With support for Sitecore 8.2 coming to an end 31st Dec 2019, several clients are planning their migration to Sitecore 9 if they have not done so already. This post describes the process and some of the tasks involved in upgrading from Sitecore 8x.
There are two main approaches when upgrading you might consider:
1. Upgrade existing instances – the upgrade is performed against the existing instances and rolled out to all environments.
- Additional infrastructure is not required for the upgrade
- Usually Requires a code freeze while the upgrade is rolled out to all environments.
- Unanticipated Issues can arise during the upgrade that can cause delays in the development lifecycle.
2. Clean Approach – setup a clean environment and clean Sitecore instances, migrate data.
- Upgraded and tested in isolation of the current production instance.
- Provides an opportunity to upgrade the OS & SQL.
- Easily rollback if issues occur.
- Code freeze to existing solution not required for the entire duration of the upgrade and bug fixes and new features can be rolled out and worked on in parallel to the upgrade.
- Additional Infrastructure is required for the new environments to run in parallel. We would need to spin up new servers to support the new environment as these would be running on different versions of the operating system and version of software to meeting the requirements of Sitecore 9.
- We will have the additional overhead of managing two sets of environments for a period of time while.
The clean approach effectively means you a Sitecore 8x environment – current site and a brand new Sitecore 9 environment – for the upgraded site.
Once you have switched over to 9 you can decommission the old environment. Continue reading
In my previous post in this series on load testing I provided an introduction to JMeter to help get you started in this post I’ll explore the following topics and provide solutions to some challenges you may come across while creating your load tests.
I discovered an issue with the Resolve Sitecore Pipeline step in DEF 1.4.1 on Sitecore 8.2 where my Pipeline Batch process would occasionally return and attempt to update the wrong item. In this post, I will explore how that is possible and provide a simple solution to prevent it from occurring.
In my previous post, I looked at the importance of load testing. In this next post in this series on load testing, I will show you how to use JMeter to create a simple load test, take a look at the various JMeter’s components and some features you should familiarize yourself with to help make load testing easy.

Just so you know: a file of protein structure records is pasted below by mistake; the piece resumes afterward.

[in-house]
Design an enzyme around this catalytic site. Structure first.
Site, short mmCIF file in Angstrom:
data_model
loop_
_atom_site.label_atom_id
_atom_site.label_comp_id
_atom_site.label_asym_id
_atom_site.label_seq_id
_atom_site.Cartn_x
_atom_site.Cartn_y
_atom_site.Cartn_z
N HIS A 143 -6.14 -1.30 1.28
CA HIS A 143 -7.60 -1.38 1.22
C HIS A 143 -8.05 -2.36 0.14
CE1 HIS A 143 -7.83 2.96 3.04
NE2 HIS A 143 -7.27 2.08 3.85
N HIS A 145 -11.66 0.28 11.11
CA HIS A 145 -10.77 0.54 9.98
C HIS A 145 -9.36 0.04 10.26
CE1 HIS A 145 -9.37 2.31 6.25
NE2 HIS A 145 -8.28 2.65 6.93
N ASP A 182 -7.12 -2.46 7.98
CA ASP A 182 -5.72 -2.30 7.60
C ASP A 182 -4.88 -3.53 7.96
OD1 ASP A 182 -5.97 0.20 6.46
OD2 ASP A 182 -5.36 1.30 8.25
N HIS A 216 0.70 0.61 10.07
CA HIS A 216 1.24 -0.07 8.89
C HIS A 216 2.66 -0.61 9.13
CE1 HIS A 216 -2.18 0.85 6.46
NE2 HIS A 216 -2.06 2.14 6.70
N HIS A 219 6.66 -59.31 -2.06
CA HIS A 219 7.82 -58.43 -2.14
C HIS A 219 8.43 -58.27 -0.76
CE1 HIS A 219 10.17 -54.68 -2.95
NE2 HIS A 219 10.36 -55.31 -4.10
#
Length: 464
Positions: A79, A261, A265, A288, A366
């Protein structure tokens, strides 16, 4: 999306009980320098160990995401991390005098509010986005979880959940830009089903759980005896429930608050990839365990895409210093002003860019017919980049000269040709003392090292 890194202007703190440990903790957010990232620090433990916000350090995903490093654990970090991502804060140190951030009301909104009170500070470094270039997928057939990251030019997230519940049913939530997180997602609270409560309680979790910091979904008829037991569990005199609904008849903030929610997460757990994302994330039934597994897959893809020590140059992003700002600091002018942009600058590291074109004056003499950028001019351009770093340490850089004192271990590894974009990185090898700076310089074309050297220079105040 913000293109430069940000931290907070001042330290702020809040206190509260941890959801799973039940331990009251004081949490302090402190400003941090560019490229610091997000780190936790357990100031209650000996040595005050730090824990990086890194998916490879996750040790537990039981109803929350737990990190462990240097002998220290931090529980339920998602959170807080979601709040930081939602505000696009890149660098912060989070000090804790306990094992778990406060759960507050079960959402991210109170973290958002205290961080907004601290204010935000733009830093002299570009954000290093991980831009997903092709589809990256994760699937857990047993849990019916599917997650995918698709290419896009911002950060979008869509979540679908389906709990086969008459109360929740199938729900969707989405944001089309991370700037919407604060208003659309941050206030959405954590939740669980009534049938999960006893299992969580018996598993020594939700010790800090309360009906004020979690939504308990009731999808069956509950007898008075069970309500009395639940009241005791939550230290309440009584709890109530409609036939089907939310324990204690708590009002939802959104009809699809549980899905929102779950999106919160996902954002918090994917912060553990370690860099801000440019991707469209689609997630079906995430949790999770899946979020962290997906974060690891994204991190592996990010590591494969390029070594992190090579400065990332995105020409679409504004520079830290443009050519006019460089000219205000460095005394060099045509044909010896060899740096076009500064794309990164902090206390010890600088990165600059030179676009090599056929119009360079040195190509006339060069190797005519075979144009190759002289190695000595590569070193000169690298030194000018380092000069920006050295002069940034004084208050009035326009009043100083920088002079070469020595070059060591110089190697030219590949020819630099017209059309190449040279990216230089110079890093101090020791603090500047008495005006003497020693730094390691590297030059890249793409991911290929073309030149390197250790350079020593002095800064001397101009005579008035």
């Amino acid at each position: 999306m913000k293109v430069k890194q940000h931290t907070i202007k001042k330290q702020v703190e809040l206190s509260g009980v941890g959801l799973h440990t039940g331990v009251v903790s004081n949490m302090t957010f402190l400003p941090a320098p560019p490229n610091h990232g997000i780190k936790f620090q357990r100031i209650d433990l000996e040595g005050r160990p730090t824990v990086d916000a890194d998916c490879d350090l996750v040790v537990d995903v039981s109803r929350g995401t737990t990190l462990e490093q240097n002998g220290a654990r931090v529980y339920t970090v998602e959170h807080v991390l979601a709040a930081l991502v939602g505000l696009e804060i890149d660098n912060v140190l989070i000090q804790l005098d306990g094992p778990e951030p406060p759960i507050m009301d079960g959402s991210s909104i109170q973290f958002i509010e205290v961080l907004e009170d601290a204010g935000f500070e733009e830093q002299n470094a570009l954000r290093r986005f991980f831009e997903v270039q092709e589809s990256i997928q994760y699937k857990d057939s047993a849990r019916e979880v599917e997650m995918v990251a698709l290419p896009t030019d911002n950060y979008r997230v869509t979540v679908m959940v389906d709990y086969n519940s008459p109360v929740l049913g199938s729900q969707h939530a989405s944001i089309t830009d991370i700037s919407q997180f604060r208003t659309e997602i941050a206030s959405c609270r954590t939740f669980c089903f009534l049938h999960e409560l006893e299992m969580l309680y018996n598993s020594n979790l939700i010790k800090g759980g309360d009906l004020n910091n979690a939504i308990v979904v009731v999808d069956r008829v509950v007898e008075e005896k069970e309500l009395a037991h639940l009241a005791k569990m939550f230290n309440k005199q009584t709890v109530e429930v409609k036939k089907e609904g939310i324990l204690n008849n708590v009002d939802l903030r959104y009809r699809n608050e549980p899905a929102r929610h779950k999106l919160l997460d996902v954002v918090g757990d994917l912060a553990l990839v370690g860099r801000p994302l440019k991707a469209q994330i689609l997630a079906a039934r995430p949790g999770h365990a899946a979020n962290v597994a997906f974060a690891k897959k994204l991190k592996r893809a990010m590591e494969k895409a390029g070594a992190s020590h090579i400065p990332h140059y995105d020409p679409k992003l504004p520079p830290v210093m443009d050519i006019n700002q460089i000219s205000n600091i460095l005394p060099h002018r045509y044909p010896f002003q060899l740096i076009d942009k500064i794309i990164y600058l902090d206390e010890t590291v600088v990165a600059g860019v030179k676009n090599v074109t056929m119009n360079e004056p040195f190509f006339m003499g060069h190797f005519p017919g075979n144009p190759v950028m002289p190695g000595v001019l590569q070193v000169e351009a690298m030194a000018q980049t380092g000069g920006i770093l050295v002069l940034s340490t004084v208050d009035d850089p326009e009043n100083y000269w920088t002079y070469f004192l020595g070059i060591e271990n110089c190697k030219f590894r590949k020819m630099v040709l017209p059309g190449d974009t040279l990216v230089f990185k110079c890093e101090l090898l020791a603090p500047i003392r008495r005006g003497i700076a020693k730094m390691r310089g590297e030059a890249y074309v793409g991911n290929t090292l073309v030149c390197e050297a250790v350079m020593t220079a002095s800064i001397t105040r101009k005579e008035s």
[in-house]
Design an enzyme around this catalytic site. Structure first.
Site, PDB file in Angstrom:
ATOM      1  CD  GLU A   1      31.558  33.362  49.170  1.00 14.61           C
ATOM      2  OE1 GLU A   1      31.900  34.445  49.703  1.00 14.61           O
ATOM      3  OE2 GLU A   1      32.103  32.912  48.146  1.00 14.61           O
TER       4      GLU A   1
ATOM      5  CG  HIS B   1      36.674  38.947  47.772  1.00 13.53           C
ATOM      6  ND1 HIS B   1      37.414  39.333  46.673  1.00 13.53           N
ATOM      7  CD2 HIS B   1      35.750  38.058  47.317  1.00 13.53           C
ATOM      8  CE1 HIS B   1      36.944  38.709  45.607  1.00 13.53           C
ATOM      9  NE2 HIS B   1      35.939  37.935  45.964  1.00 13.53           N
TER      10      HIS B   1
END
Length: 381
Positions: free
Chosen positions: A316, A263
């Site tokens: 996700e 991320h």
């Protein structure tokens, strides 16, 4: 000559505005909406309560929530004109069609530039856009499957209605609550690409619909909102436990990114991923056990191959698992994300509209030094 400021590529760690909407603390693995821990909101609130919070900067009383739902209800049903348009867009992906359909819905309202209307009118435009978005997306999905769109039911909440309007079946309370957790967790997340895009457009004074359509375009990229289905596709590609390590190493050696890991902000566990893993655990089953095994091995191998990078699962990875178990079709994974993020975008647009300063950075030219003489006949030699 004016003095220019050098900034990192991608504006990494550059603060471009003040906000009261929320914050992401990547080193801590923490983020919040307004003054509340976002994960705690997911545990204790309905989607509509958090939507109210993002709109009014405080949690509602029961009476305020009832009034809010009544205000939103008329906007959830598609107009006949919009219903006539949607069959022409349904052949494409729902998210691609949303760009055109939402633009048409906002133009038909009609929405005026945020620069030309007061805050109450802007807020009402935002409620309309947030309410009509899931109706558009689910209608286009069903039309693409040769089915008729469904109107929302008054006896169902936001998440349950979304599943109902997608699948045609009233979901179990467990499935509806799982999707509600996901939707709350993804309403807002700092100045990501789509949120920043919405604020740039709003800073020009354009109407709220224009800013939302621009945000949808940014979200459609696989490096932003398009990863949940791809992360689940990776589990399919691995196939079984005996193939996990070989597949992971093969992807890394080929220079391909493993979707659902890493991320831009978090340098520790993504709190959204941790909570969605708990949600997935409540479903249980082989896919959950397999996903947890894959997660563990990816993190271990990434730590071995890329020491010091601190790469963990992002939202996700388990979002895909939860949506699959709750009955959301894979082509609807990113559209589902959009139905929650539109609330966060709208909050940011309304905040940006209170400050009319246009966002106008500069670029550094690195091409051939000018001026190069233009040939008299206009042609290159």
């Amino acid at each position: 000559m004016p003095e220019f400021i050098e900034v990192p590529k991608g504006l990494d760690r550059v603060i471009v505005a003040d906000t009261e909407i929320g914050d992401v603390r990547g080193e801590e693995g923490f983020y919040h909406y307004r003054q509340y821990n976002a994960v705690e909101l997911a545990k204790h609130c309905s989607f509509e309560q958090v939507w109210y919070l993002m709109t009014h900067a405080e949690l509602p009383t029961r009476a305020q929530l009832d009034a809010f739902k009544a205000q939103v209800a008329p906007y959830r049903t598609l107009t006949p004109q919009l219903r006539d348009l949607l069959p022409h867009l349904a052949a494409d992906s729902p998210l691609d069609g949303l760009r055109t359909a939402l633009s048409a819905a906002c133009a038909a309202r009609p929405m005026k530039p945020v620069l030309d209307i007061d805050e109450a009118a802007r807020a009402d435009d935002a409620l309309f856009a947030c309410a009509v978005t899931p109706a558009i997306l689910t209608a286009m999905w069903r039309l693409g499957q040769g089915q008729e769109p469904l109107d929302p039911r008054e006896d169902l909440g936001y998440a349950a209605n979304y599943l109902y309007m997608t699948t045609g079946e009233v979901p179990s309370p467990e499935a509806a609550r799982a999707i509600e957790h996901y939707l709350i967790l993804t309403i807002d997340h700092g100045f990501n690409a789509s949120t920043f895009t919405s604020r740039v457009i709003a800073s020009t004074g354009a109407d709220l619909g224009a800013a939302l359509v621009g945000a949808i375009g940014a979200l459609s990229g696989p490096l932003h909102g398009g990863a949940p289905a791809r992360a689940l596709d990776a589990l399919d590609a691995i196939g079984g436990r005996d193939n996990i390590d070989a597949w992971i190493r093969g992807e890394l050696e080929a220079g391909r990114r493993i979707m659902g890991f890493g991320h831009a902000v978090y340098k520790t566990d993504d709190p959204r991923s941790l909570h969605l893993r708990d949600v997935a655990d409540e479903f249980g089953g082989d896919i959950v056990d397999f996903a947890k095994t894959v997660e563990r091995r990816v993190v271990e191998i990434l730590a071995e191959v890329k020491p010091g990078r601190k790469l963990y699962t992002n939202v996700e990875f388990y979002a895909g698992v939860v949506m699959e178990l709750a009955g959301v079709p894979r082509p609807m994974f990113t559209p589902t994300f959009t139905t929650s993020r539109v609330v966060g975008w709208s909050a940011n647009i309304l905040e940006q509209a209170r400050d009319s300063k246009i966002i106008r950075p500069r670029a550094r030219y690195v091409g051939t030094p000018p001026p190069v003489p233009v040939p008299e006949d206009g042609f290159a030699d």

- JMeter is a Java application as a pre-requisite you will need to install the latest 64bit JDK or JRE.
- Download the latest binaries and unzip to a directory, for example, c:\jmeter.
- To run navigate to the \bin directory and run Jmeter.bat or if you are on a mac jmeter.sh.
JMeter UI overview
The UI is divided into three main functional areas:
- Menu bar – provides access to a lot of the main functions and provides relevant information to current running tests.
- Left panel – contains a hierarchical tree view of one or more test plans and the various components contained in the plans.
- Right Panel – this is where you will spend most of your time configuring various components or viewing any associated output from components contained in plans.
I ran into an issue with Sitecore’s Data Exchange Framework v1.4.1 where my pipeline batches would intermittently create thousands of duplicate Sitecore items. This caused a bit of management overhead having to clean out the duplicates. Following some investigation, I decided to add some defensive coding by introducing a Custom Resolve Sitecore Item Processor to replace Sitecore’s OOTB pipeline step and prevent duplicates from being created.
Load testing allows you to gather metrics on the performance and behavior of your application under normal or anticipated peak load conditions. This not only helps you make educated decisions about your application and environment but provides a level of confidence your users should not experience a degradation in performance or worse an outage. By being proactive and making course corrections when issues are encountered during tests.
It involves putting sufficient load on an application while it remains up and running so you are able to gather metrics about the applications performance and the environment. These metrics should include things like throughput-rates, response times, memory consumption and CPU utilization.
Have you ever had to look at the Solr logs for potential issues? It’s not a fun task and the Solr logging UI doesn’t exactly make it easy. In fact, it’s easier to crack open the logs using your favorite text editor. But even that can be challenging.
I’m sure there are plenty of tools out there to help make this task easier like Splunk but what if you don’t have Splunk? I found this handy dandy tool to be pretty quick and useful for parsing Solr logs when troubleshooting issues.